Figure 5B and C unpack the relationships specifically for the relationship between season (Fig. 5B) and temperature (Fig. 5C) on property crimes and violent crimes. The dominant linear relationship with violent crimes remains consistent between studies looking at temperature (69%) and season (68%), with larger differences existing for property crimes where 53% of studies found a linear relationship between temperature and property crime and only 21% between season and property crimes. (For more details on the data used to generate Fig. 5 see Additional file 1: Table S4).

We note that studies in the sample (used to generate Fig. 5) measure temperature at various temporal scales including average hourly temperature (Anderson & Anderson, 1984), mean daily temperature (Sivarajasingam et al., 2004), maximum daily temperature (Gates et al., 2019) and mean monthly temperature (Linning et al., 2017), which could account some of the variation in findings.

Theoretically these findings underline the complexities of the weather-crime relationship. There is moderate agreement among studies that temperature is positively associated with violence. This may be due to changes in routine activities during warmer weather that facilitate greater opportunities for interaction, particularly after dark. However, these changes in activities cannot be disentangled from the psychological impacts of temperature increases on individuals. Thus, contemporary literature moves towards the application of two or more theories to interpret these associations (with 59 or 29.5% of studies adopting two or more theoretical frameworks) more fully. The overwhelming focus in the weather-crime scholarship has been on the role of warmer temperatures on crime, however there are some studies that have also pointed to important relationships between colder temperature and crime (Ranson, 2014; Stevens et al., 2021).

Although testing for non-linearity in statistics generally represents a more recent phenomena, the first detected non-linear relationship in the weather-crime scholarship was very early. In fact, the first appearance was in the Dexter study of 1899 in examining the relationship between temperature and violence. However, it was not until the 1970s when the empirical exploration of non-linearity in the context of temperature and crime emerged through exploration of the temperature aggression hypothesis (Quetelet, 1842) and the negative affect escape (NAE) model (Baron, 1972; Baron & Bell, 1976). The NAE model proposed that there exists a non-linear relationship between physical aggressions in which violence rises alongside temperature up to a certain point beyond which the relationship shifts becoming negative. A total of 60 (33%) of all included studies have tested for non-linearity in exploring the association between temperature and crime with a particular focus on violent crime. Of the 60 studies that specifically test for non-linearity 26% drew on the temperature aggression hypothesis, 24% on Routine Activity Theory (RAT) (Cohen & Felson, 1979), and 16% both the temperature aggression hypothesis alongside RAT as the more fitting theoretical explanation. A total of 34% of studies did not explicitly employ a theoretical explanation. Overall, 37% of studies (of those explicitly testing for non-linearityFootnote 7) found empirical support for non-linearity. Interestingly 3% of studies (of those explicitly testing for non-linearity) found empirical support for both linear and non-linear relationships between temperature and crime.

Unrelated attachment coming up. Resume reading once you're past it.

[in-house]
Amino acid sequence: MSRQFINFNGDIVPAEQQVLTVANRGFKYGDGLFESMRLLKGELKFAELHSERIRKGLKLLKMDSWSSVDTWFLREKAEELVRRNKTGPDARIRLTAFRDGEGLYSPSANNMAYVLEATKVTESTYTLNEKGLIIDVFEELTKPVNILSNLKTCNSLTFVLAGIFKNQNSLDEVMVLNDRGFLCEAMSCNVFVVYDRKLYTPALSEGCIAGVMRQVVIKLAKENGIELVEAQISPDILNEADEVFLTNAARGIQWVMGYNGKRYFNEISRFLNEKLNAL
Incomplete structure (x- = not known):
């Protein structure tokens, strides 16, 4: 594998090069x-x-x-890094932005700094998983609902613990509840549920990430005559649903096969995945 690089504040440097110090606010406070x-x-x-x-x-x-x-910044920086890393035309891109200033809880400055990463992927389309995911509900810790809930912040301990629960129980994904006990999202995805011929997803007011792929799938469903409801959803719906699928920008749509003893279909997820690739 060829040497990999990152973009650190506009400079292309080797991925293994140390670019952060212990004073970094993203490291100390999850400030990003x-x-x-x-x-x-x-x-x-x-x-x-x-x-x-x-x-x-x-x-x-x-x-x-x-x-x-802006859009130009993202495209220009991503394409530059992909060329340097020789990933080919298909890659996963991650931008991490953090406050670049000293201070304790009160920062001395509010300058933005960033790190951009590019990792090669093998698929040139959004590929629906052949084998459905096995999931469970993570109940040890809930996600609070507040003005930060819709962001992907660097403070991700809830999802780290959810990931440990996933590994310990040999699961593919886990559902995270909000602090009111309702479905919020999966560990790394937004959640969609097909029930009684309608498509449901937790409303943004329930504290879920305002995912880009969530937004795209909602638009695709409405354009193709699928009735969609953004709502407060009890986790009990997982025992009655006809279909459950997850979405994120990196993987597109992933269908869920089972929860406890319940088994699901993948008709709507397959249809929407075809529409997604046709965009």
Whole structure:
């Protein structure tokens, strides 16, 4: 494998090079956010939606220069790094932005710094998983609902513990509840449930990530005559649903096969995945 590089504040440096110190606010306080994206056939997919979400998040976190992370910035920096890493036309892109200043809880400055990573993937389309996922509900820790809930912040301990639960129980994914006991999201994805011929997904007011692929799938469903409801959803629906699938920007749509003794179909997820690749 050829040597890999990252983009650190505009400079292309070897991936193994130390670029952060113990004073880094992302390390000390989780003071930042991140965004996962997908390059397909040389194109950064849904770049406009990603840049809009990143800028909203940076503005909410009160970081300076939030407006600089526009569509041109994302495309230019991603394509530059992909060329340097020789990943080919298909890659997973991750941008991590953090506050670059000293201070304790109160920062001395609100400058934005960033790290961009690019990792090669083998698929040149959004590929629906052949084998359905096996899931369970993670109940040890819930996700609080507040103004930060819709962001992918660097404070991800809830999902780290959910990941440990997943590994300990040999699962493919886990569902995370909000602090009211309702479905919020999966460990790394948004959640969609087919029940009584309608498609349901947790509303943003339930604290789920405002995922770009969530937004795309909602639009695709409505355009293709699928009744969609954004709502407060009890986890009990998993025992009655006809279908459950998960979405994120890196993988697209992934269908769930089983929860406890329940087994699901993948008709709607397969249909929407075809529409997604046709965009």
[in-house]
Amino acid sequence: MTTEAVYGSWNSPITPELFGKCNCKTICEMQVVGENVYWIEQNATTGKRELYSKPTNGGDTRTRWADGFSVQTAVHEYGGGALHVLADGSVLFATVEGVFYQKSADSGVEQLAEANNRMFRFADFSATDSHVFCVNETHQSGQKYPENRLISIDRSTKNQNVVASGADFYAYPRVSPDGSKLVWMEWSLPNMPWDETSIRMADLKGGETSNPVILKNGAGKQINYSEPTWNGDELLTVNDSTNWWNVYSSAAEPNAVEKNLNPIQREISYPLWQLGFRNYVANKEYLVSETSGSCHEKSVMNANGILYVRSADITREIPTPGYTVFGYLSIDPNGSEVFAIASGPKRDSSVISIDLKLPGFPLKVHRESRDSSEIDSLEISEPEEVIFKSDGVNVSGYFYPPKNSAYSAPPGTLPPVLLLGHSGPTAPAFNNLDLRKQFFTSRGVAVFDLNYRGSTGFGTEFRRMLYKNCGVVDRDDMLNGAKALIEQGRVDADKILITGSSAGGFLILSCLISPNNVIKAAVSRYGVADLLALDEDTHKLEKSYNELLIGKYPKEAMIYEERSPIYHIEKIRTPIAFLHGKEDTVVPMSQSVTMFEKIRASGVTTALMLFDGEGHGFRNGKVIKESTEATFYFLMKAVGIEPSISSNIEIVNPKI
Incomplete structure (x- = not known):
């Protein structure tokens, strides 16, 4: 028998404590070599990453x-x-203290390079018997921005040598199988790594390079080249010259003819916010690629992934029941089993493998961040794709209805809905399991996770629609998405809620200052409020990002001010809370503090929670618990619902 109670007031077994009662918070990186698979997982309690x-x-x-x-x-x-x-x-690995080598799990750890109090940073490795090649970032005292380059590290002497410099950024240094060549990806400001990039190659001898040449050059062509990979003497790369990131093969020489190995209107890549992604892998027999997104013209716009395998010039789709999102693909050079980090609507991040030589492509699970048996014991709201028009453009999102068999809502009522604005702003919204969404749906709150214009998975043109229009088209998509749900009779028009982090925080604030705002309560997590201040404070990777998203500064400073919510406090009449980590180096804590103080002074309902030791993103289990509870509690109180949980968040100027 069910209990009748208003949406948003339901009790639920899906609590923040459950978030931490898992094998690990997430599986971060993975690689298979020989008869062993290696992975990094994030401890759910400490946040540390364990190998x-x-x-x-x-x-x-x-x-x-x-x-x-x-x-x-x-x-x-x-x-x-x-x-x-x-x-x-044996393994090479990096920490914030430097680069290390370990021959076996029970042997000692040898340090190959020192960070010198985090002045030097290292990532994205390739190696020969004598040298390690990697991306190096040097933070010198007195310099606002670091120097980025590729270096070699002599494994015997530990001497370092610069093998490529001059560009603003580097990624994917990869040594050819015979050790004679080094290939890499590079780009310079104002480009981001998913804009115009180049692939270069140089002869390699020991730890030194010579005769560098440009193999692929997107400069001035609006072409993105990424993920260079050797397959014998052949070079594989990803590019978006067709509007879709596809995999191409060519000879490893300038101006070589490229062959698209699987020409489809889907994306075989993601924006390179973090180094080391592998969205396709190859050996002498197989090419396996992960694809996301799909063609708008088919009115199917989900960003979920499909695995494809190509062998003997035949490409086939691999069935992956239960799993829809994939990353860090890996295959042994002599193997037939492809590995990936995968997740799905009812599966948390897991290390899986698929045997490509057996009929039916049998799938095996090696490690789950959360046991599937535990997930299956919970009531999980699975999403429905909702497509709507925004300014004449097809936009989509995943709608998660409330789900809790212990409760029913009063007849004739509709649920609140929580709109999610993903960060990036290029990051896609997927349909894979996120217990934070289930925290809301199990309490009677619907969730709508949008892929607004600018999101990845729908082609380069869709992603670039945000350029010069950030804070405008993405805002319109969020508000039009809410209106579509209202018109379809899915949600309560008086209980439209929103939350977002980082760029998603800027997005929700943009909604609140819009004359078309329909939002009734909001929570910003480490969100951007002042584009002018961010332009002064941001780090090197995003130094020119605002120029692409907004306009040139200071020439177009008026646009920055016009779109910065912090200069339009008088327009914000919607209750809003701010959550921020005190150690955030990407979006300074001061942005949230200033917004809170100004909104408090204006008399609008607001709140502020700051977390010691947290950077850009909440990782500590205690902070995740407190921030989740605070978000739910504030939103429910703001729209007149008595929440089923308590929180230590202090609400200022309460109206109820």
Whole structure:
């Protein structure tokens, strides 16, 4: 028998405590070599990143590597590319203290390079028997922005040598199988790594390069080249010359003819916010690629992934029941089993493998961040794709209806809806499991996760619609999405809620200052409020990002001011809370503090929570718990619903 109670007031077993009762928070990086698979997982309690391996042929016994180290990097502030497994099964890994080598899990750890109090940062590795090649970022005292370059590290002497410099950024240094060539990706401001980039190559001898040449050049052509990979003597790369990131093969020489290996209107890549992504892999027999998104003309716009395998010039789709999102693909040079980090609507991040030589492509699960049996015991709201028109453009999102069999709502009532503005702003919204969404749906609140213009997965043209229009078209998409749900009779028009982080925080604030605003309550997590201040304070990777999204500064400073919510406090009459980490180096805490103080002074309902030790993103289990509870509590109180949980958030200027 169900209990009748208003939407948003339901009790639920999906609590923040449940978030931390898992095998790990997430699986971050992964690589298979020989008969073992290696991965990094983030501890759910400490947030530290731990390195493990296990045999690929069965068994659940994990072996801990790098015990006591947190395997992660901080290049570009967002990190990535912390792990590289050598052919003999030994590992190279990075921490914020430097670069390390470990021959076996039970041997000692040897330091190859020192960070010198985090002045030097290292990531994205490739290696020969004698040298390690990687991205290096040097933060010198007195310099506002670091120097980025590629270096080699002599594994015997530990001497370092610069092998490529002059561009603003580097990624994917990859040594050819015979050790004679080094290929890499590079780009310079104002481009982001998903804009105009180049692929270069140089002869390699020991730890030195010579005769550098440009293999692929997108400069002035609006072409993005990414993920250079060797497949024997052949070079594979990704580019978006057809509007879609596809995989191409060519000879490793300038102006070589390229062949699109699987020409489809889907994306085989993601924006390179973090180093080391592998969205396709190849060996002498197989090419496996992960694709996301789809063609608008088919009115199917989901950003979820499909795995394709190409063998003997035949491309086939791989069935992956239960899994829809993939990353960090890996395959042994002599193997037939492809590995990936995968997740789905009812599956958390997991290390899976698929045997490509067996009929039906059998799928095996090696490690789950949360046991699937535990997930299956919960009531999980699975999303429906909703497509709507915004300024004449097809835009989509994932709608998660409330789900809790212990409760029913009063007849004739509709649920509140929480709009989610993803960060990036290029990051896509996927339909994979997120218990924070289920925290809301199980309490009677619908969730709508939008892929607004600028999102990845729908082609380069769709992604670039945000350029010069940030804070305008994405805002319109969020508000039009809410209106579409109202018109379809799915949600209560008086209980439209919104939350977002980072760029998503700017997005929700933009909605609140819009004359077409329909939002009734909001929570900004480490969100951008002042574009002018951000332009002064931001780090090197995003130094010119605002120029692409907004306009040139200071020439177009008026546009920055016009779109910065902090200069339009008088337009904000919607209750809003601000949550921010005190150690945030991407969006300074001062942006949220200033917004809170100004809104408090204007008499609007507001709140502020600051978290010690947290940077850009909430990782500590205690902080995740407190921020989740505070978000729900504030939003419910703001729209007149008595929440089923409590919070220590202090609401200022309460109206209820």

Conclusions

The aim of the present study was to systematically review the empirical literature on the weather-crime association to characterise the contemporary state of the scholarship. We revealed a longstanding scholarly interest in examining how weather shapes crime that extends more than 150 years. The last 15 years has been defined by a marked growth in the number and diversity of studies on the topic of weather and crime. The increased breadth and depth of studies has been enabled, at least in part, by improved availability of crime and weather data at finer temporal and spatial granularities allied with improved computational capacities. When we consider the first study by Adophe Quetelet (1842) involved measuring temperature with a handheld thermometer, access to modern barometric instruments, many of which are now readily accessible and some connected into the Internet of Things (IoT), offers unprecedented new capacities to measure, map and monitor different elements of weather at scale (Chapman & Bell, 2018). This set alongside the growing repositories of accessible geolocated crime data, often available at the incident level highlights the fruitful opportunities that currently exist for weather-crime studies (see for example, Federal Bureau of Investigation, 2022; Tompson et al., 2015; Police.uk, 2022; Queensland Police Service, 2022).